Monitoring network traffic per program in Windows

Currently I have to use a pretty slow mobile internet connection. And sometimes a program is using a lot of my bandwidth. This means that I am unable to open websites or I have to wait very long. This is annoying. So I was searching for a method to monitor the network traffic per program.

Netstat and CurrPorts

It is possible to use the netstat command on the command line. This lists the open TCP /UDP connections including info.  A more detailed program, which is more luxury than netstat is CurrPorts. But like netstat it does not show the network traffic, only the open ports and the destination port.
You can download CurrPorts for free.

MS Process Explorer

Microsoft also delivers a tool which shows per program all processes and in detail the usage of cpu, memory, open tcp/udp ports etc. Great too, but this still does not show the network traffic per program.
You can download Process Explorer for free.

Wireshark

Another great tool is Wireshark. But for my purpose this shows to much in detail the network messages. It is more practical to have a more abstract view of the network traffic per program.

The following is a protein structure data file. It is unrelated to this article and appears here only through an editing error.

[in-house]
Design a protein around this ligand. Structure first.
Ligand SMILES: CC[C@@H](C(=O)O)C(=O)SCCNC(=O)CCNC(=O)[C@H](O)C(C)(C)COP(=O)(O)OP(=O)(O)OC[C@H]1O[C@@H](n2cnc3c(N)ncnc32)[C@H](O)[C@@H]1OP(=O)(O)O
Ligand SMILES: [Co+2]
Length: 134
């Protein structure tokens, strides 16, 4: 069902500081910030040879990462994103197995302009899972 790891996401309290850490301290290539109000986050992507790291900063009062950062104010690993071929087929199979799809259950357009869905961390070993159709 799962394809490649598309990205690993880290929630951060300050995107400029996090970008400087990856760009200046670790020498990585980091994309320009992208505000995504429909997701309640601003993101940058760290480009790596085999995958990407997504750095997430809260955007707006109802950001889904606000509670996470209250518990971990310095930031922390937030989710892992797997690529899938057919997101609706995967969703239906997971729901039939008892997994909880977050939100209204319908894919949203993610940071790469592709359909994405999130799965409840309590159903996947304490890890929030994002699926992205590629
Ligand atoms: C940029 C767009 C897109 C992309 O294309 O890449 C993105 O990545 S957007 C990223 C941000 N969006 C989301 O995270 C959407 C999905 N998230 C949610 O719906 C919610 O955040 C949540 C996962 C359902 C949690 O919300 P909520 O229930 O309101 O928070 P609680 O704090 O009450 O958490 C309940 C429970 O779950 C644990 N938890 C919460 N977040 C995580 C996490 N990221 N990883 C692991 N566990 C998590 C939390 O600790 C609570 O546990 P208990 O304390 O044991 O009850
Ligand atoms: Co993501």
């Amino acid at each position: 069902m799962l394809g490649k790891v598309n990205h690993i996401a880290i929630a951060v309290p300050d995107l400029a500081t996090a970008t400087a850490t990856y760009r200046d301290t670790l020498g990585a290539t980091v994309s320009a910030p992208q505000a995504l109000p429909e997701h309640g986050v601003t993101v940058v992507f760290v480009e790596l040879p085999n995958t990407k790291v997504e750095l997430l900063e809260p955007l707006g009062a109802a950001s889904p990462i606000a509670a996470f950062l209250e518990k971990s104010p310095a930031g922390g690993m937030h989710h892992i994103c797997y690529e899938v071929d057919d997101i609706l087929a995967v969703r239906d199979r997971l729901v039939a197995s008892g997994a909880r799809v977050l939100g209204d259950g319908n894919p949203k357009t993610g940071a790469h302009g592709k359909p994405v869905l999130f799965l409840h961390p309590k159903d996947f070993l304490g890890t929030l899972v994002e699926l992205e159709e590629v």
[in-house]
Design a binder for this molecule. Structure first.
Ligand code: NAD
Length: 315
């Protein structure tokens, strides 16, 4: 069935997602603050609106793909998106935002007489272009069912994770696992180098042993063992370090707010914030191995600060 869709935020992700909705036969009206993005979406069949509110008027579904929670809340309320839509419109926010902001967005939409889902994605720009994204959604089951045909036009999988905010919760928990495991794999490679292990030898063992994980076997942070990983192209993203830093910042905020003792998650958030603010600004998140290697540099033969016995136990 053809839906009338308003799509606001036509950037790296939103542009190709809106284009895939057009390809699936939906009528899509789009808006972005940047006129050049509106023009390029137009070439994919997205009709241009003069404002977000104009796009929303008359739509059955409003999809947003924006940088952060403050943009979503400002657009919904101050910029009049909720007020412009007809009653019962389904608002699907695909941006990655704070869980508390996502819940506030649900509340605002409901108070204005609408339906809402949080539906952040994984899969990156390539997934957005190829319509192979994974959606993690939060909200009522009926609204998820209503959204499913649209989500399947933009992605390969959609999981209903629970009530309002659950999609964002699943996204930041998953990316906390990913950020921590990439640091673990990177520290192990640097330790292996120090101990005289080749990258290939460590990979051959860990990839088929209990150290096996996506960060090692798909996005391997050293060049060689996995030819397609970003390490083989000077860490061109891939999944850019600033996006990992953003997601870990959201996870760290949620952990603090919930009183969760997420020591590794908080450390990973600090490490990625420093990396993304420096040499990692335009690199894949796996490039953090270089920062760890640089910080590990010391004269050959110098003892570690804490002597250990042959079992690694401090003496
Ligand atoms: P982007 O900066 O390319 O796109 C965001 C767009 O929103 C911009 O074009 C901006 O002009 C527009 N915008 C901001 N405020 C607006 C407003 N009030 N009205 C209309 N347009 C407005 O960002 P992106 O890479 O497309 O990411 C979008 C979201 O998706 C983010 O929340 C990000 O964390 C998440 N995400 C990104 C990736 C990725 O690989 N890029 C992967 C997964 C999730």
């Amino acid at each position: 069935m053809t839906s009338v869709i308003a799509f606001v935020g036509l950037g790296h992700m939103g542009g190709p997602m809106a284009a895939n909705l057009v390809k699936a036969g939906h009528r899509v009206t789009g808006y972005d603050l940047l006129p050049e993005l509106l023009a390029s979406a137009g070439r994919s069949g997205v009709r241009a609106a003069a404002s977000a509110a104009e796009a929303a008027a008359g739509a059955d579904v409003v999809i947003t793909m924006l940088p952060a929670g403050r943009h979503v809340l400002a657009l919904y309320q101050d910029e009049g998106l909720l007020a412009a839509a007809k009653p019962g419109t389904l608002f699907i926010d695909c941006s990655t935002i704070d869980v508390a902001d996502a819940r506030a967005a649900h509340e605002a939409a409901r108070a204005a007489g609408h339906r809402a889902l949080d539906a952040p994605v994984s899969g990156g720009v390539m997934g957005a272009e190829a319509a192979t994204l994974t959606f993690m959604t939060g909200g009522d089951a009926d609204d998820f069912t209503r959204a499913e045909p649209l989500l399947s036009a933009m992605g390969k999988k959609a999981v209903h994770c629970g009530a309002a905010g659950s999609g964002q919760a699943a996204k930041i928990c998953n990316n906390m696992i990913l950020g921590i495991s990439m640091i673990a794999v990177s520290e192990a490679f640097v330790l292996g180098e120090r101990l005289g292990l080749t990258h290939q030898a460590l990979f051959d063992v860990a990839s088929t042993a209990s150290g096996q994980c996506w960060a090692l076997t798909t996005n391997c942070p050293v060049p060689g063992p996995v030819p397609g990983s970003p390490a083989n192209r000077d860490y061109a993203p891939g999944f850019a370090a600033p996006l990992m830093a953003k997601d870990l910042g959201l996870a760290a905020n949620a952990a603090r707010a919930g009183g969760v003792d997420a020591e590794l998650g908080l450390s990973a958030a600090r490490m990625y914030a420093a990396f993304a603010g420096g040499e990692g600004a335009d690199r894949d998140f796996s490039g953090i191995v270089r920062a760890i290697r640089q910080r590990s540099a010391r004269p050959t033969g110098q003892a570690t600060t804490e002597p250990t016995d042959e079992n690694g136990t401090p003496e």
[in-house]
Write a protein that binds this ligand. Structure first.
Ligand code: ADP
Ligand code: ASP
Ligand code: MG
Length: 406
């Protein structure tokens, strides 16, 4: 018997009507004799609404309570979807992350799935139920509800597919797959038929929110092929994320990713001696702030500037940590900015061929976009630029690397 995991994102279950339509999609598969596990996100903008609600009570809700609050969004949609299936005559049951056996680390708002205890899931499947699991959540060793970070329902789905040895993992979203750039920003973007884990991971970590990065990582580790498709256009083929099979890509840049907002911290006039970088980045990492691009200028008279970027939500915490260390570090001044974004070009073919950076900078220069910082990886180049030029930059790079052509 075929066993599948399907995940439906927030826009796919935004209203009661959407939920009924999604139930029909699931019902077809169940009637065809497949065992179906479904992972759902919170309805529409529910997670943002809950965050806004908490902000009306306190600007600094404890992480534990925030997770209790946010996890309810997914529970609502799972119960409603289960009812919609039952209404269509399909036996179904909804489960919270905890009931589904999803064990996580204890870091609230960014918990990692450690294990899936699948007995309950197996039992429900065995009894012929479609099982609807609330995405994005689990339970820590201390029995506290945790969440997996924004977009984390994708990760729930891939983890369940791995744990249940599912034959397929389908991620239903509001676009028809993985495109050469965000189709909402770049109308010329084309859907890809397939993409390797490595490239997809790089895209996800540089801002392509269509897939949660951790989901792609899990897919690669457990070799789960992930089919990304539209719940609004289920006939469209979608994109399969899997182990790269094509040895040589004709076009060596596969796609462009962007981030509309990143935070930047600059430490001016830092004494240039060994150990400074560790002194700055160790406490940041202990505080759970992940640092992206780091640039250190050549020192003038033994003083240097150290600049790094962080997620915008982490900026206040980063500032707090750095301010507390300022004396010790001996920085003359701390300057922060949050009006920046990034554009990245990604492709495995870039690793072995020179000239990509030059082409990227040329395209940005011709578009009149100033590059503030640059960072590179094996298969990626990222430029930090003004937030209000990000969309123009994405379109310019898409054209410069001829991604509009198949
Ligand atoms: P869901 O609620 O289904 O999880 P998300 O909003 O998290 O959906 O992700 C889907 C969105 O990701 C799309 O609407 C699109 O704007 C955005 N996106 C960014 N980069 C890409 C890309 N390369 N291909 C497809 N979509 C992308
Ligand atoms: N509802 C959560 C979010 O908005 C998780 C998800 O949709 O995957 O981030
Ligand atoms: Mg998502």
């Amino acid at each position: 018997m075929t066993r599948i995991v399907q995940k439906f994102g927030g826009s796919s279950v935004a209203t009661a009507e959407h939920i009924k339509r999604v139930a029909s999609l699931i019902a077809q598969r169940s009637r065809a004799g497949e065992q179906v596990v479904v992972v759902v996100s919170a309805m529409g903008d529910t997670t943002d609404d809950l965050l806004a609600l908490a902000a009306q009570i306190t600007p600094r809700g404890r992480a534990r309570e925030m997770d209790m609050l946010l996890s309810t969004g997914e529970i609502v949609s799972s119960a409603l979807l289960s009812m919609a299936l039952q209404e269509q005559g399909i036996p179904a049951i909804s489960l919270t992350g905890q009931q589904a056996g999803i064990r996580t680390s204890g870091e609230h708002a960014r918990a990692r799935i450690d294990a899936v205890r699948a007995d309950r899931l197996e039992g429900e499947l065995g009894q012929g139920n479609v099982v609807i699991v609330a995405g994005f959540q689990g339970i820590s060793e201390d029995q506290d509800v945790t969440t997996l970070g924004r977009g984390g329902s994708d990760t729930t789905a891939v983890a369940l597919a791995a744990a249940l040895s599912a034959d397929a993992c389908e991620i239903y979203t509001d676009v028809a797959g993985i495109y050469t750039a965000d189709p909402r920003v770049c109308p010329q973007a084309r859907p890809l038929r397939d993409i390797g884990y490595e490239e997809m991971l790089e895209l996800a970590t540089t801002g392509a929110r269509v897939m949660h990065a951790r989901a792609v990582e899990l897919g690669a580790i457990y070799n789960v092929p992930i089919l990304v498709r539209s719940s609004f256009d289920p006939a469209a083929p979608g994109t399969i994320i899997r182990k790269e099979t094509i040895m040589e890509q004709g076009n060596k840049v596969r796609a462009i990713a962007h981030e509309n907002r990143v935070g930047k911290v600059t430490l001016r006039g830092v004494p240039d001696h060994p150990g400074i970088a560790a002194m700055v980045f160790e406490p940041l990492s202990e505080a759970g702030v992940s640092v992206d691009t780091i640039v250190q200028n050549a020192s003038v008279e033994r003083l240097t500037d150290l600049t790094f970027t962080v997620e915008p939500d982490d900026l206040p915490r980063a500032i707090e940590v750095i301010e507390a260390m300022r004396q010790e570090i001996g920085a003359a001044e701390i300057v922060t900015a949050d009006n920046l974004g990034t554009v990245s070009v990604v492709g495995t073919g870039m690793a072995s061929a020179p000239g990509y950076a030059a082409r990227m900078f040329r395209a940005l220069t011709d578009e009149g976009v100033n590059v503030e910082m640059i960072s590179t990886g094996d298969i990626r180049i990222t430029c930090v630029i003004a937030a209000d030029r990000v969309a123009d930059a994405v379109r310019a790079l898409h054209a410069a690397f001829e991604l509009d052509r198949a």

You can download Wireshark for free.

Windows 7 Resource Monitor

After a while I found in Windows 7 the possibility to monitor the network traffic per program! But it is a little bit hidden.

To start this, press Ctrl-Alt-Del and click on “Start Task Manager”.
Now click on the tab “Performance” and click on the button “Resource Monitor”.
In the tab “Overview” you can click on the “Network” bar and this will show exactly what I wanted.  Per running program the amount of bytes transmitted, received and total.

Let me know if you have a better idea or a way to monitor the network traffic in older Windows versions.

2 thoughts on “Monitoring network traffic per program in Windows”

  1. Windows 7 Resource Monitor does not show historical data. What you called “bytes transmitted, received and total” are all only averages of Bytes per second – not cumulative. Not very useful for finding totals. Wireshark is still the best.

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